“The media debates and discusses about me quitting the party or mounting pressure on party leadership. This is being deliberately done by some people to ensure that I don’t get any particular party post,” Munde said, adding the BJP does not need a party “controlled by a handful of people”.
On Wednesday, Munde refused to comment on Khadse’s exit when asked by reporters, but former BJP minister Sudhir Mungantiwar made a telling statement to ThePrint.
“Khadse was not an ordinary leader of the BJP. He was a tall leader who worked for the party for decades and had a lion’s share in growing the party in Maharashtra. If such a leader has issues with the party to the extent that he quits, it is something that the party definitely needs to think about,” Mungantiwar said.
He added that till 2014, the state unit of the BJP used to have regular ‘chintan baithaks’ (brainstorming sessions). “Four or five of us senior leaders used to sit and brainstorm, introspect about any issues, anywhere we may be falling short and plan accordingly. Since 2014, these have completely stopped,” he said.
A BJP source said Khadse’s resignation will dent the public perception of the BJP in the state. “When such a senior leader who has spent all his life working for the party resigns, it definitely hurts the party’s image and raises questions about internal politics,” the source said.
Meanwhile, Maharashtra BJP president Chandrakant Patil said the party made every last effort to retain Khadse. “All of us wanted him to stay in the party and we made efforts for it. We always thought we will find some or the other solution to his grievances,” Patil said.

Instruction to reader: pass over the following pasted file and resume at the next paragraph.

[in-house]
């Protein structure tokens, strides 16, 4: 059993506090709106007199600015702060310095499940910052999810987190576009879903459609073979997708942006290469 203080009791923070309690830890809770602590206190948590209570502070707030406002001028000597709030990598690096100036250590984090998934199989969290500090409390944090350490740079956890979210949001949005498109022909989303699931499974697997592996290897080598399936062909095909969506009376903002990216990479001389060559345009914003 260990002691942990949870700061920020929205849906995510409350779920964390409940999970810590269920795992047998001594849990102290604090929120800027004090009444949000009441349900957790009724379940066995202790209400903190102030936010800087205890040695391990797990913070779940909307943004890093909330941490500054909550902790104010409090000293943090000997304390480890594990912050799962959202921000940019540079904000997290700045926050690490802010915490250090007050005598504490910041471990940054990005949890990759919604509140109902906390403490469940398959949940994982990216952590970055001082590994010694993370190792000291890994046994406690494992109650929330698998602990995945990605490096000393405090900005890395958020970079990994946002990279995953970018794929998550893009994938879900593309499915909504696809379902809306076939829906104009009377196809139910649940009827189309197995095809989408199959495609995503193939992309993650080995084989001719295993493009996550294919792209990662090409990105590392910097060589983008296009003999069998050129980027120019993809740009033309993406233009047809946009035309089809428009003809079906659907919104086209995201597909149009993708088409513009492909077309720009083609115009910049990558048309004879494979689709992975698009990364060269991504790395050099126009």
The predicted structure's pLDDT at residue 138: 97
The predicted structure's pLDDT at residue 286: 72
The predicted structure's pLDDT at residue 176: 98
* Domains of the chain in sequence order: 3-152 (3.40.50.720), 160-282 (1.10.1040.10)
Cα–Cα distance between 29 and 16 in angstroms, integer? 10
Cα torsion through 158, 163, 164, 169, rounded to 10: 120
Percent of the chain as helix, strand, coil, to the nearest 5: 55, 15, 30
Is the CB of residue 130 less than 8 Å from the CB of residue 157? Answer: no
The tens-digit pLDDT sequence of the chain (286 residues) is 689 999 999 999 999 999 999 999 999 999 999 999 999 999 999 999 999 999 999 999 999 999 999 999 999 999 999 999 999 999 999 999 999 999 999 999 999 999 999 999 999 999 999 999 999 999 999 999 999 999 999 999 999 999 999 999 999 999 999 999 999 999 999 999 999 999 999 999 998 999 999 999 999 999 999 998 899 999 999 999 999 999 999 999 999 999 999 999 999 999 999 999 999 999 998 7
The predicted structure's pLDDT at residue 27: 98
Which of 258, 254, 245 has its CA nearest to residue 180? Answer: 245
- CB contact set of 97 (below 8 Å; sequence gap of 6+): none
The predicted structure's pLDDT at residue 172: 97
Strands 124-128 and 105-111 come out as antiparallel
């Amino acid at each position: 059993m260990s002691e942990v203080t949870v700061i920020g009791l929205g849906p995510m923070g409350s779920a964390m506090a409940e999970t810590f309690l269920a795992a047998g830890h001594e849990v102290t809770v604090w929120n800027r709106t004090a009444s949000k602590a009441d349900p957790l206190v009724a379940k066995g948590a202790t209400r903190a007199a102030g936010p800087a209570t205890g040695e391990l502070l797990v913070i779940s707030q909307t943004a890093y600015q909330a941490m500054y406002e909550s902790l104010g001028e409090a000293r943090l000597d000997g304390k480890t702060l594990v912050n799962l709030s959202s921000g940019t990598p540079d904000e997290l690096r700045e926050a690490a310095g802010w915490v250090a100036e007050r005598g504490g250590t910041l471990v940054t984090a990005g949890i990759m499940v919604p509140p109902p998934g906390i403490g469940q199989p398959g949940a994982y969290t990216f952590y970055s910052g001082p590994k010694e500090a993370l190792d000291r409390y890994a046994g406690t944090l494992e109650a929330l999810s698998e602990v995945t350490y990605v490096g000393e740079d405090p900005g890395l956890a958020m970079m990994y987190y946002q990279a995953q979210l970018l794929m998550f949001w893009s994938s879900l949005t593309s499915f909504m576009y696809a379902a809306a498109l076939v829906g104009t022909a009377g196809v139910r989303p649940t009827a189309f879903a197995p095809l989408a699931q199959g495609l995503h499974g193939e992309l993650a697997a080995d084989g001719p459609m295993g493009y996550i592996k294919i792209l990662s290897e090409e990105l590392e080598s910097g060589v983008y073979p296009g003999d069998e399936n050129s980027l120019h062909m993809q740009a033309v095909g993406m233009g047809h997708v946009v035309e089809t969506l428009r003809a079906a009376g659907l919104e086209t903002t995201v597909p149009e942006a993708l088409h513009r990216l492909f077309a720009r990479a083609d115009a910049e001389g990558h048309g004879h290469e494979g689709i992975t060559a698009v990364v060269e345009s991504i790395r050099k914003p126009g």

Setback in north Maharashtra
Khadse hails from Jalgaon district’s Muktainagar, and practically sowed the seeds for the BJP’s growth in the northern region of Maharashtra, comprising the districts of Jalgaon, Nashik, Dhule and Nandurbar.
He is a strong OBC face in the BJP, who became more important after Gopinath Munde’s death soon after becoming a Union minister in 2014.
Khadse belongs to the Leva Patil community, which used to earlier rally behind the Congress, but has supported the BJP in large numbers with Khadse’s rise.
Khadse first helped the BJP gain strength in the zilla parishad, then the district cooperative bank, and the Jalgaon municipal corporation.
Political analyst Pratap Asbe said: “Under Khadse’s leadership, the Leva Patil community, spread across Jalgaon and parts of Dhule and Nandurbar, used to rally behind the BJP. The Maratha community, which is the other significant community in districts of north Maharashtra, has largely been with the Shiv Sena. Meanwhile, the NCP has a strong base in Nashik and parts of Dhule.”
Last year, the Leva Patil community refused to support the BJP in the state polls as the party did not give Khadse a ticket. Now, with Khadse set to move to the NCP, the BJP is likely to lose the Leva Patil votes which, combined with the Shiv Sena and NCP’s presence in some districts, is likely to bring benefits to the Maha Vikas Aghadi alliance, which also includes the Congress.
A Jalgaon-based BJP leader who did not wish to be named said: “Khadse’s move is a setback, but more from the point of view of the party’s image. Ultimately, when it comes to votes, people know about all the corruption allegations against him. Moreover, elections are still a while away, so a resignation today may not cost us electorally.”